"This logically organized, persuasive study of the transnational character of the 1960s student protest movement focuses on the relationship between New Left groups in the US and West German. Klimke, utilizing an impressive array of sources ranging from official archives to oral history interviews, examines the interaction between Students for a Democratic Society and its West German counterpart, the German Socialist Student League, as he makes his case for the significance of a student-led 'other alliance' that emerged in response to the perceived inadequacies and inanities of the official Western transatlantic partnership that evolved after 1945. . . . Klimke's examination of one aspect of the international protest movement that took shape during this era is impressive."--Choice

"Klimke brings important new information about international connections that concretizes the often (overly) general discussions of the international student movement. . . . Klimke has produced a valuable addition to the burgeoning literature on 1968. He has contributed to the effort to rescue 1968 from the 68ers and to specify what happened as opposed to what people 'remember.'"--Michael L. Hughes, Central European History

"The Other Alliance is a great read. It is an ambitious work that performs the valuable service of forcing us to think in new ways about the sixties as an aspect of globalization. Not only scholars of the sixties, but also those interested in transnational aspects of protest movements will need to take this work seriously. It is a valuable book for scholars well beyond the boundaries of German and American studies. I recommend it strongly, and have already begun to incorporate it into my work."--Lorenzo Bosi, Mobilization

"Klimke succeeds admirably in documenting the emergence and complex transnational entanglement of [the] 'other' alliance, using carefully crafted prose to support his exhaustive and painstaking research. . . . The Other Alliance is a bold and exciting work that will remain relevant for some time."--Michael Stauch, H-Soz-u-Kult

"Klimke successfully walks a fine line between emphasizing the importance of international connections and recognizing the constraints upon them. This invaluable account will be a springboard for further research."--Nick Thomas, American Historical Review

"[A] pioneering book on the student revolts of the 1960s and an excellent work of diplomatic history."--Stuart Hilwig, Diplomatic History

"Klimke's account adds nuance to a historiography that has tended to neglect the response of the establishment beyond acts of police brutality."--Quinn Slobodian, German Studies Review

"The product of truly prodigious research, The Other Alliance offers an amazingly complex and well-documented examination of the transnational political state of affairs of the 1960s, brilliantly detailing the historical and cultural determinism of the interaction between the student movements in West Germany and the United States in a global context."--Georgia Tres, Canadian Journal of History
"[T]his book is a model of groundbreaking scholarship."--Klaus Schwabe, Journal of Transatlantic Studies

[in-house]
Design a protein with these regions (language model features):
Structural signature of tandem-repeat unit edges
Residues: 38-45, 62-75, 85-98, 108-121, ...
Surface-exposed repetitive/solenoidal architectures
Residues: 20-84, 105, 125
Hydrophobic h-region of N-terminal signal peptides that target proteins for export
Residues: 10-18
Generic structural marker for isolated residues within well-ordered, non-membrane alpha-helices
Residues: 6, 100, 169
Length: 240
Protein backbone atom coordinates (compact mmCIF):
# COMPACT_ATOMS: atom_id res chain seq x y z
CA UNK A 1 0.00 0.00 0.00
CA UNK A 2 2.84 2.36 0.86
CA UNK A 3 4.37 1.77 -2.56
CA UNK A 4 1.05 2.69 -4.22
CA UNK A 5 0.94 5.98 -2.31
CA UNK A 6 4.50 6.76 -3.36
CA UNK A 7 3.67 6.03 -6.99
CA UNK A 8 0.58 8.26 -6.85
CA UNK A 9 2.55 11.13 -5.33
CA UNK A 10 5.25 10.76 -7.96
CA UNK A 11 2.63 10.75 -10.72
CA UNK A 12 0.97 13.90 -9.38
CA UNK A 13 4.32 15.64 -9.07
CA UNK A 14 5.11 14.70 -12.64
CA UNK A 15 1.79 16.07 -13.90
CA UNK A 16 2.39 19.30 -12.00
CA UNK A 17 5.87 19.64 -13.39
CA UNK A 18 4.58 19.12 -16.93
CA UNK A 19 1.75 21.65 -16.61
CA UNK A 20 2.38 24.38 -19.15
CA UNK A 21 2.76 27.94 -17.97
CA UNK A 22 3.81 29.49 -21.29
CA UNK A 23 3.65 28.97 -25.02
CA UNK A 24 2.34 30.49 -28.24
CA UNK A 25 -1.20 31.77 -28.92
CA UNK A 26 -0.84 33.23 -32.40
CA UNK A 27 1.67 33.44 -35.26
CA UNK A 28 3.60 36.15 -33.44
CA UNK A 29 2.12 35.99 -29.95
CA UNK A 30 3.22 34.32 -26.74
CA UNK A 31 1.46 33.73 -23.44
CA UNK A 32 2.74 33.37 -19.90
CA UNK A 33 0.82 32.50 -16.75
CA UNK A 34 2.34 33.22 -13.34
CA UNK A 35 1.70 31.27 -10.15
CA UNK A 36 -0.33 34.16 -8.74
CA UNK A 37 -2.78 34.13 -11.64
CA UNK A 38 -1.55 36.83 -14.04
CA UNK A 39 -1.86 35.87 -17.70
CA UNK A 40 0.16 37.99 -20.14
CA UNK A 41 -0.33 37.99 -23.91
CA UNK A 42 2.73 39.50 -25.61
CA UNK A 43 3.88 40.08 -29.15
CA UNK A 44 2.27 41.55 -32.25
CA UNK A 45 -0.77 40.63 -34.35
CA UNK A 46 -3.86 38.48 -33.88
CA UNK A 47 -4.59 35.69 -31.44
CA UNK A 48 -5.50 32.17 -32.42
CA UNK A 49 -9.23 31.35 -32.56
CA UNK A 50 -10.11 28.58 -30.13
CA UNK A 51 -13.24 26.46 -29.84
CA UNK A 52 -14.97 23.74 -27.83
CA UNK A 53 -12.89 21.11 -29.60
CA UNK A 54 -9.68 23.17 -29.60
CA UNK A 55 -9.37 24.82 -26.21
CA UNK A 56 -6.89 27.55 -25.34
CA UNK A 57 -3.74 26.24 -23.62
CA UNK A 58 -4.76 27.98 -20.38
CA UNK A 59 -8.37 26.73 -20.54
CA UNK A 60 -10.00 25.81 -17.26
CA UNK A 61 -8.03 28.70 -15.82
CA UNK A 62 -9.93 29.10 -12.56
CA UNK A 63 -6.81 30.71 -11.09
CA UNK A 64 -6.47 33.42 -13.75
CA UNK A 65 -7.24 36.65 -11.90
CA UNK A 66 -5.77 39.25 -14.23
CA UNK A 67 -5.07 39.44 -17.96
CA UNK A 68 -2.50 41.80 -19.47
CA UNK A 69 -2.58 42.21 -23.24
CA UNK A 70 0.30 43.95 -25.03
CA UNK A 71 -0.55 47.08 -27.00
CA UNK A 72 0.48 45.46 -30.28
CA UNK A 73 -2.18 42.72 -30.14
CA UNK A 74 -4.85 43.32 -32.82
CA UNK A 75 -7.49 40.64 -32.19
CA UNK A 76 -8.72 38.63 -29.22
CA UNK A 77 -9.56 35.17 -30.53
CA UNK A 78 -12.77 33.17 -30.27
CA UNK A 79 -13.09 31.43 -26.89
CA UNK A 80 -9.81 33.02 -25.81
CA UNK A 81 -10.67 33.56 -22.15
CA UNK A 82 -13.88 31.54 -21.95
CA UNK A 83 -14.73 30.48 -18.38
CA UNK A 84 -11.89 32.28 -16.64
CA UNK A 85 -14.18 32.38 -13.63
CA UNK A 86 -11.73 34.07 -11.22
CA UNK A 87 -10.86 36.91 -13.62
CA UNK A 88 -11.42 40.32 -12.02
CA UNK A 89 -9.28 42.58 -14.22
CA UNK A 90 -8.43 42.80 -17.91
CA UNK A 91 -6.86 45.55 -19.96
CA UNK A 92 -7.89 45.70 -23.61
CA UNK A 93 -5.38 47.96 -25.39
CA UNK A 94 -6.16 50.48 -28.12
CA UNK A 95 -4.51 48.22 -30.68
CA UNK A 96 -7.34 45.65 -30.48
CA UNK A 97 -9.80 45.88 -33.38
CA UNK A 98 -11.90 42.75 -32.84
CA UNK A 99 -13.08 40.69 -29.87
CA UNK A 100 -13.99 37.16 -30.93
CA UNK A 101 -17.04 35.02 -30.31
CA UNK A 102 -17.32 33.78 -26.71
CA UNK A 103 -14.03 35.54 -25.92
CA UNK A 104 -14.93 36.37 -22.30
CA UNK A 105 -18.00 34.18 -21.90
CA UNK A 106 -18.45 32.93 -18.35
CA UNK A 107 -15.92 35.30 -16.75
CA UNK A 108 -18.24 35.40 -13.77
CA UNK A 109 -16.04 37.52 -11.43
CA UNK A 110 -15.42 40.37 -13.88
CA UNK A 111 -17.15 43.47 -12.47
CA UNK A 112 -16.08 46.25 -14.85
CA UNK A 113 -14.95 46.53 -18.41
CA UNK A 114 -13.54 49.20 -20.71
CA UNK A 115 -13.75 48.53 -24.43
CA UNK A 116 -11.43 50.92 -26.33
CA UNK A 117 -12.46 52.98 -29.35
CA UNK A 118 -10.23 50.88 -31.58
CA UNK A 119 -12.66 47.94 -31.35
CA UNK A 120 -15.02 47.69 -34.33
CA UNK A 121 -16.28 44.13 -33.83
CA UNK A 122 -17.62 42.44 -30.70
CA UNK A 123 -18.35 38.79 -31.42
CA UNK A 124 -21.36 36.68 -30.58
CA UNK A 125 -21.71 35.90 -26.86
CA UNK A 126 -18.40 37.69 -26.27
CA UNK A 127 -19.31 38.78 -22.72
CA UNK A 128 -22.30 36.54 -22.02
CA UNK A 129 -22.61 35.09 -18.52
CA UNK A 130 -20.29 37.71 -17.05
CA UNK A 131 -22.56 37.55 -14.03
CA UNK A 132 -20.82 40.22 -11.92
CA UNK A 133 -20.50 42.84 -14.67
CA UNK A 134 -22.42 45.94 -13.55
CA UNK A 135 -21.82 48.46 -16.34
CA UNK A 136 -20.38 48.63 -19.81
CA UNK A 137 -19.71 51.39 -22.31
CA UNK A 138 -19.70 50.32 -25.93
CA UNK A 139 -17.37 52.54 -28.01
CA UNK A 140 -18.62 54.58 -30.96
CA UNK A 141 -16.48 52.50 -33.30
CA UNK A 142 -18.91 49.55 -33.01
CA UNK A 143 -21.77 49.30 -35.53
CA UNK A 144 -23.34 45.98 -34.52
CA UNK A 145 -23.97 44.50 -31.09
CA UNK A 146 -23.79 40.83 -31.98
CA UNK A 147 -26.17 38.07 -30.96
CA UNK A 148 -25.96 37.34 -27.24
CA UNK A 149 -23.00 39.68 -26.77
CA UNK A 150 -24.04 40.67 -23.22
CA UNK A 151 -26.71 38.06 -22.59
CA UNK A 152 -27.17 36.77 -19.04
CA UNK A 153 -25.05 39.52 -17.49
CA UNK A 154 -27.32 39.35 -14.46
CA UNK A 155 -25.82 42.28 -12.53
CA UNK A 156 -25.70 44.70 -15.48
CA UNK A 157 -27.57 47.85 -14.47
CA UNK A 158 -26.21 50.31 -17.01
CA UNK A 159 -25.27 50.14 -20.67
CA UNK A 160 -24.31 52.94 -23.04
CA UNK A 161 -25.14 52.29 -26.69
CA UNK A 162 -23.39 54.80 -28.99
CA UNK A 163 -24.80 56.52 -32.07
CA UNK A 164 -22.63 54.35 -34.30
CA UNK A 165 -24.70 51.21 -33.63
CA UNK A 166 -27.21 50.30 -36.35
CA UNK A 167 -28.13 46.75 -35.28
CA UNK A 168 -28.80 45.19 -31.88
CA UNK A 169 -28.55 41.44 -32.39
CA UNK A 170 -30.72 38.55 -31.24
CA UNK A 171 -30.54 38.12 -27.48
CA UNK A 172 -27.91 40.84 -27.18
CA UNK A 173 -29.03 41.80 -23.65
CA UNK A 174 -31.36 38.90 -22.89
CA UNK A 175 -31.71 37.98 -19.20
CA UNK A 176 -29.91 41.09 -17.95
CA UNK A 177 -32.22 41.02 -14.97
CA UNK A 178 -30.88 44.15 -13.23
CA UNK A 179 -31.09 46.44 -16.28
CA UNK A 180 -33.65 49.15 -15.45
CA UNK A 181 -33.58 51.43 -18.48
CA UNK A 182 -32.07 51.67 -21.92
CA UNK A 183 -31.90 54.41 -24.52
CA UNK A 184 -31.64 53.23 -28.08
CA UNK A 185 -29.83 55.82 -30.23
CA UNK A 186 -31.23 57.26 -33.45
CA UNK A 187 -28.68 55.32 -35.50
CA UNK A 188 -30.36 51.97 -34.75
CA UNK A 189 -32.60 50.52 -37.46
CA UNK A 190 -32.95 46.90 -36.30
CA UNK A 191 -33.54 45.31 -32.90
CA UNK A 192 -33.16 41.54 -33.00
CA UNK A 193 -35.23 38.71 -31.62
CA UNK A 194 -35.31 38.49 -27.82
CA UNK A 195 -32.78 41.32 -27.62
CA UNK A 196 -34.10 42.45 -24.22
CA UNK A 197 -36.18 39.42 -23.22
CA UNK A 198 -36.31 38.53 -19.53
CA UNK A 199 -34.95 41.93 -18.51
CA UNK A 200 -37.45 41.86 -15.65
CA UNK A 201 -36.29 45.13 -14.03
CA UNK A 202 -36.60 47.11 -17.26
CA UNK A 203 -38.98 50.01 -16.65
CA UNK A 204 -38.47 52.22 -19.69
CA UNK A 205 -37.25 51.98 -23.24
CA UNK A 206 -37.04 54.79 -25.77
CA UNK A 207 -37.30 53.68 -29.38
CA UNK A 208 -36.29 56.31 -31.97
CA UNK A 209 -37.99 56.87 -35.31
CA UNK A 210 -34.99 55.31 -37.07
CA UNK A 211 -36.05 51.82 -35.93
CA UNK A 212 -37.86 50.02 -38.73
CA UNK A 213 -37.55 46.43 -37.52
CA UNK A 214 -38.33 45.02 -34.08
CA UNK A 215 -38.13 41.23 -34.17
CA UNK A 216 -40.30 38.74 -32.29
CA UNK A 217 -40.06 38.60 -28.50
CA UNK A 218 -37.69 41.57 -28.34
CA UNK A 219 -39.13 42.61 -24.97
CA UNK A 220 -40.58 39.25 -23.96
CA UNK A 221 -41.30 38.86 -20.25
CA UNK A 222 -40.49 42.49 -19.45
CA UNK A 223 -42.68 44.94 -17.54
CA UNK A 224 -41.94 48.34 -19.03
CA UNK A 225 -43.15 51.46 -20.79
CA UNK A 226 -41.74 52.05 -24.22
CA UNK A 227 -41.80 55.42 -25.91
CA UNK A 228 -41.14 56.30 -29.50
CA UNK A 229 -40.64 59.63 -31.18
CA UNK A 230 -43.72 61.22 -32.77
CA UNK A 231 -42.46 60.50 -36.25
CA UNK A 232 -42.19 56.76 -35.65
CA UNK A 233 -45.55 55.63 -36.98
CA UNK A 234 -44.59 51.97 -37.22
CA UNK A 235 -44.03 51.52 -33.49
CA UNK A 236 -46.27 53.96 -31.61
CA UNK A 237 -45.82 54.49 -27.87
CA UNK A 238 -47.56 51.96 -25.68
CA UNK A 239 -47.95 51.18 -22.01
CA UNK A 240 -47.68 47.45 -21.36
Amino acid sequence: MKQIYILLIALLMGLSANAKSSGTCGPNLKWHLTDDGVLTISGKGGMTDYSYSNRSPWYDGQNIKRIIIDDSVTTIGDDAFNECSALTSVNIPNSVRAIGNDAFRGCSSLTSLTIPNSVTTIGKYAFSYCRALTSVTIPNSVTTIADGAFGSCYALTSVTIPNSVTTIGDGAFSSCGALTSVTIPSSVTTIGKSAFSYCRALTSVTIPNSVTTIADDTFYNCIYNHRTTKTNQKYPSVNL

"Martin Klimke has produced a fascinating narrative coupled with extensive analysis. . . . Klimke's work teaches us that the global consciousness of young people predates the information age, in which we presently live. The seventh decade of the twentieth century clearly deserves further scholarly attention yet future efforts should also focus on other global relationships and their significance. This treatise will be an important source for students and scholars alike, and I certainly look forward to upcoming books by Martin Klimke."--Francis D. Raska, European Legacy

Times Literary Supplement
The Other Alliance takes the protest movements in West Germany and the United States . . . as a case study of how activists in different countries shared political ideas and forms of protest an in doing so influenced and inspired each other. But unlike some other analyses, his focuses on the 'exact processes' by which the two movements constructed a 'collective identity'. . . . What emerges from Klimke's study is an impressively nuanced picture.
— Hans Kundnani
Read More Show Less

Product Details

  • ISBN-13: 9780691131276
  • Publisher: Princeton University Press
  • Publication date: 12/21/2009
  • Series: America in the World Series
  • Edition description: New Edition
  • Pages: 346
  • Product dimensions: 6.40 (w) x 9.30 (h) x 0.90 (d)

Meet the Author


Martin Klimke is research fellow at the German Historical Institute, Washington, DC, and the Heidelberg Center for American Studies at the University of Heidelberg.
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Table of Contents


List of Illustrations vii
Abbreviations ix
Acknowledgments xiii
INTRODUCTION 1
CHAPTER 1: SDS Meets SDS 10
CHAPTER 2: Between Berkeley and Berlin, Frankfurt and San Francisco: The Networks and Nexus of Transnational Protest 40
CHAPTER 3: Building the Second Front: The Transatlantic Antiwar Alliance 75
CHAPTER 4: Black and Red Panthers 108
CHAPTER 5: The Other Alliance and the Transatlantic Partnership 143
CHAPTER 6: Student Protest and International Relations 194
CONCLUSION 236
Notes 247
List of Sources 325
Index 329